Winged unicorn. Horned Pegasus. Alicorn. Unasis. Pegacorn. UNIPEGASUSACORN! Whatever you prefer to call these guys, it's a super-sparkle magical horse with wings and a horn.
I actually tried out some new colored pencils with this one - they're called Caran d'Ache, and they come from Switzerland. They are. Um. AWESOME. I can honestly say that I am not sure whether I like Carans or Prismacolors better right now. They can handle my mush-it-together technique, as well as a light, layered technique. The leads are more consistent than Prismas, and they keep a point a lot better. The downside? They're twice as expensive as most of the other colored pencils out there. I am beginning to think the Carans may be worth it, though. The results (and the way they feel during coloring process) are wonderful.
So! This is Caran d'Ache pencils on cold-pressed illustration board. I also included a Gilson turquoise stone (it's an imitation stone), and assorted shiny bits.
Original art: sold.
5x7 inches for $10
8x10 inches for $15
11x14 inches not available
16x20 inches not available
It wasn't too bad, actually; the picture is quite small at about 5x6 inches. It took four hours or so to color.
Caran d'Ache is one of those high fallutin' professional brands. They come from Switzerland, and as far as I've been able to find, only Jerry's Art-a-Rama catalogue and the Dick Blick catalogue carry the big sets. I suspect the reason for that is that the big sets are really, really expensive and only crazy colored pencil people like me will shell out the money to get them.
The turquoise-looking thing is called Gilson turquoise. It's a man-made stone that imitates the color and patterns of blue turquoise. Real, natural turquoise is pretty difficult to get these days because a lot of the mines are getting tapped out (real malachite is the same way, incidentally). The small bits that I've run across (NOT in the art and craft stores - that stuff is all fake - but at rock shows) tends to be pretty expensive.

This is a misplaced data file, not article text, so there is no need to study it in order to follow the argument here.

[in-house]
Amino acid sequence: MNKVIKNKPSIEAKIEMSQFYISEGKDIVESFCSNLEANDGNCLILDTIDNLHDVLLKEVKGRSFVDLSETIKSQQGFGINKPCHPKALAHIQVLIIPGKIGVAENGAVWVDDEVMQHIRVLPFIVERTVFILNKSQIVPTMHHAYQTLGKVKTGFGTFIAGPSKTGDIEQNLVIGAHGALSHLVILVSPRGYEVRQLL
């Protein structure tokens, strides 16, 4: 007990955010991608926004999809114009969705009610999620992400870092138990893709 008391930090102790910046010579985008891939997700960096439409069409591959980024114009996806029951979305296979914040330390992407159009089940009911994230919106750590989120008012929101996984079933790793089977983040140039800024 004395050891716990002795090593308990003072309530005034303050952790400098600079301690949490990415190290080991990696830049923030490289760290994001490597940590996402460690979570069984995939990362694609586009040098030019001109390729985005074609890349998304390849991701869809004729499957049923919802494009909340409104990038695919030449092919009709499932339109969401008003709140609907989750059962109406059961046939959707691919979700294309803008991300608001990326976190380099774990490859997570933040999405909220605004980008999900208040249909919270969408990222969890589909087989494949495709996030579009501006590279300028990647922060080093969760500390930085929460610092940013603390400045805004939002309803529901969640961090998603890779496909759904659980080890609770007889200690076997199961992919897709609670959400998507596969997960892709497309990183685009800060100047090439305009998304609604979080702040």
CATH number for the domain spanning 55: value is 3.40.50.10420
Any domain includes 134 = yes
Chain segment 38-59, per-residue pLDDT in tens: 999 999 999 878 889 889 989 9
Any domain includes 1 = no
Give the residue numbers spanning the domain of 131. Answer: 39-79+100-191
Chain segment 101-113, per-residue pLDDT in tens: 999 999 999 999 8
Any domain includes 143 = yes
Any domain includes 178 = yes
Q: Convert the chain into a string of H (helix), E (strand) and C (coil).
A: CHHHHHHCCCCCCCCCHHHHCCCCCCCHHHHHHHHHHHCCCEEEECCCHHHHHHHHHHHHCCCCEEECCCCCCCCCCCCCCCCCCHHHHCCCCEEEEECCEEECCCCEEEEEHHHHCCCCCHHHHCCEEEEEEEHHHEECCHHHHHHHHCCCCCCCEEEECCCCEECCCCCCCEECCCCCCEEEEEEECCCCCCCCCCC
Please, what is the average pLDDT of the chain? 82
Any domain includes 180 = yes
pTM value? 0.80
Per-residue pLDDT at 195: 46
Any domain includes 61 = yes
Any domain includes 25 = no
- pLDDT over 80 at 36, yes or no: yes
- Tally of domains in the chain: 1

Crayolas have a pretty high wax to pigment ratio - much more wax than color - and I never did like the way that they blended because of that. It's hard to build up color layers without the texture going all gummy on you on the paper, but a lighter touch than mine probably makes them work better. I tend to press really hard, and the Crayolas just don't work like that.
I love using three-dimensional stuff in my art these days. The craft and hobby stores have all kinds of stuff that isn't very expensive (and some stuff, like the Swarovski crystals, that are a leeeeetle bit more expensive, but not too much) . Places like Hobby Lobby, Joann's, Michael's, and others all have "scrapbook" sections, and I find a LOT of my shiny bits in those areas. For the Swarovski crystals (which are actually a specific kind of glass), I've seen them mostly in the T-shirt iron-on section, but also in the bead and jewelry sections. I also discovered the local gem and mineral show a few years ago, and I get a lot of my better goodies there - cabochon-cut stones and pearls and all kinds of neat stuff like that.
LOL - The little shiny things are, in fact, three-dimensional. The scanner does a good job of picking up certain shapes' highlights and shadows.
That aside Really beautiful work. I've just started colouring with coloured pencils myself, I'm using prisma's myself and I like them but I do find that the lead breaks a fair amount. Is that just the way that I'm colouring or is that the lead itself.
LOL - Thanks!
It's not just you... Prismacolor pencils tend to be very fragile. I end up swearing a blue streak at mine at least a couple of times per coloring session.
I found a pencil sharpener that I can adjust so that it leaves a very short, sharp point that does not break quite so readily. It's called a T'gaal - they look like this: www.dickblick.com/products/hol… Dick Blick doesn't have these sharpeners in stock right now, but Amazon and some of the other art catalogues should have them.
If you can afford 'em, I definitely recommend the Caran d'Ache.
The Faber Castell Polychromos are good, but they require a light touch (very hard leads, good for light layering on white or light-colored vellum surface paper) and really can't be used over dark watercolor backgrounds (much to my dismay). I haven't played with the Derwents yet; they're going to be among my next experiments.